Facebook shuts down Palestinian ruling party’s official account

Facebook shuts down Palestinian ruling party’s official account

Fatah claims page was closed because it posted picture of Yasser Arafat holding a rifle

Dov Lieber is The Times of Israel's Arab affairs correspondent.

A photo shared on the Fatah official Facebook page of a mound of skulls marked with Jewish stars. (screen capture: Facebook)
A photo shared on the Fatah official Facebook page of a mound of skulls marked with Jewish stars. (screen capture: Facebook)

Facebook on Monday closed the official page of the Palestinian Authority’s ruling Fatah party amid a crackdown by the social media giant on Palestinian incitement.

In a statement on its Twitter account, Fatah, which is headed by PA President Mahmoud Abbas, claimed that Facebook closed the account after it posted a historical picture of former Fatah leader Yasser Arafat holding a rifle, standing alongside Fatah leader Mahmoud al-Aloul.

The page, which had garnered over 70,000 likes, routinely posted material that glorified Palestinian terrorism and martyrdom.

On February 15, Aloul was elected the first-ever vice president of Fatah by the party’s central committee.

Munir al-Jaghoub, who heads Fatah’s Information Department in the Office of Mobilization and Organization, wrote on his personal Facebook page that this was actually the second time the social media giant had closed Fatah’s account, but he did not specify when the first time was. Jaghoub was not available for a comment.

The closure of Fatah’s official account follows a series of measures by Facebook to crackdown against Palestinian incitement over social media.

In January, Facebook shutdown more than 100 pages belonging or sympathetic to the Hamas terror group in control of the Gaza Strip.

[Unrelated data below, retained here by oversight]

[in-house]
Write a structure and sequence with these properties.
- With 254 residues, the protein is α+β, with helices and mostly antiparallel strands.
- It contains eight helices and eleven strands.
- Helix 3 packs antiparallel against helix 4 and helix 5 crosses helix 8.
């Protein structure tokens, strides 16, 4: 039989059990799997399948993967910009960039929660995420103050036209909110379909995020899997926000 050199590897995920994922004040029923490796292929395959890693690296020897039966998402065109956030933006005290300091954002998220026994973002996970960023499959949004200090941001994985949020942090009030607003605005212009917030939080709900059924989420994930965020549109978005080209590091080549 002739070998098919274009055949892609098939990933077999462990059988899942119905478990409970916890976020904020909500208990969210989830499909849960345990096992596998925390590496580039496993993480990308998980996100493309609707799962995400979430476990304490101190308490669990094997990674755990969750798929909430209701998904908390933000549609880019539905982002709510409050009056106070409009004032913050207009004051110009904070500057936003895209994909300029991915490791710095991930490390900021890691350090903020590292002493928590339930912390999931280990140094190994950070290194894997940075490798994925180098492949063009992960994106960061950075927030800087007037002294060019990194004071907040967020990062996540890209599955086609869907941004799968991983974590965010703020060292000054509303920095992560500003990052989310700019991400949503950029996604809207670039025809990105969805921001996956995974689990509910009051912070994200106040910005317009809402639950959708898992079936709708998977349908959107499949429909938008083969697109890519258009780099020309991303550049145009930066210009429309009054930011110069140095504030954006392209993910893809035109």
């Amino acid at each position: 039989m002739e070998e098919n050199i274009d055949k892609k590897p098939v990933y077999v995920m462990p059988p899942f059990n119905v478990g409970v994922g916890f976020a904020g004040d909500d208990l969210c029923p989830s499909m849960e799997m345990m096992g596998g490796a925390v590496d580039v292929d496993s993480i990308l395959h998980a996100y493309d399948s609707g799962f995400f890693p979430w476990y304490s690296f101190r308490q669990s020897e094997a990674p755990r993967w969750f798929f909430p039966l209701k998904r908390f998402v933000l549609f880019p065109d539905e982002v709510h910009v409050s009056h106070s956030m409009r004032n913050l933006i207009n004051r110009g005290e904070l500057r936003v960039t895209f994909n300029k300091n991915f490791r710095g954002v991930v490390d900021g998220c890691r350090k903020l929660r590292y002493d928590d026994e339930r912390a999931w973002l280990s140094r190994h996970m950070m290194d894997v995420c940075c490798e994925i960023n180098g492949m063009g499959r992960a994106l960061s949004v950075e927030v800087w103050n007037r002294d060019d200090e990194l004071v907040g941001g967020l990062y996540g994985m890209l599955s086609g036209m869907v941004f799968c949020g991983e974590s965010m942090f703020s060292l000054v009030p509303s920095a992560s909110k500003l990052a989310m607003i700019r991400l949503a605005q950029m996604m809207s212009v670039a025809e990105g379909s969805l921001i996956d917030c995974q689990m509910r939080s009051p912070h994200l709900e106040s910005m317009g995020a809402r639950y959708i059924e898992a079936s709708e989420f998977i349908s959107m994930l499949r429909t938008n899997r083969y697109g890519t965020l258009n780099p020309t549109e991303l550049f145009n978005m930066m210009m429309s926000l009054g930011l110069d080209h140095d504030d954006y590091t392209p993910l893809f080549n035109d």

Hamas responded by telling its supporters to find other social media platforms outside of Facebook.

Last April, Facebook shut down the page for the spokesperson of Hamas’s military wing the Qassam Brigades.

Israel has accused Facebook of facilitating Palestinian incitement against Israelis, especially following a wave of hundreds of attacks that began in October 2015, which security services said was fueled by online incitement.

In January, the so-called Facebook bill, which would allow the state to seek court orders to force the social media giant to remove certain content based on police recommendations, passed its first reading in the Knesset.

The government says the bill will only be invoked in cases of suspected incitement, where there is a real possibility that the material in question endangers the public or national security.

Additionally, in April, families of five Americans murdered or injured in recent Palestinian terror attacks in Israel filed a billion-dollar lawsuit against Facebook for failing to ban the Gaza-based terror group Hamas from using its social media platform.

“Facebook has knowingly provided material support and resources to Hamas in the form of Facebook’s online social media network platform and communication services,” a press release issued by the plaintiffs said. “Hamas has used and relied on Facebook’s online social network platform and communications services as among its most important tools to facilitate and carry out its terrorist activity.”

Times of Israel staff contributed to this report.

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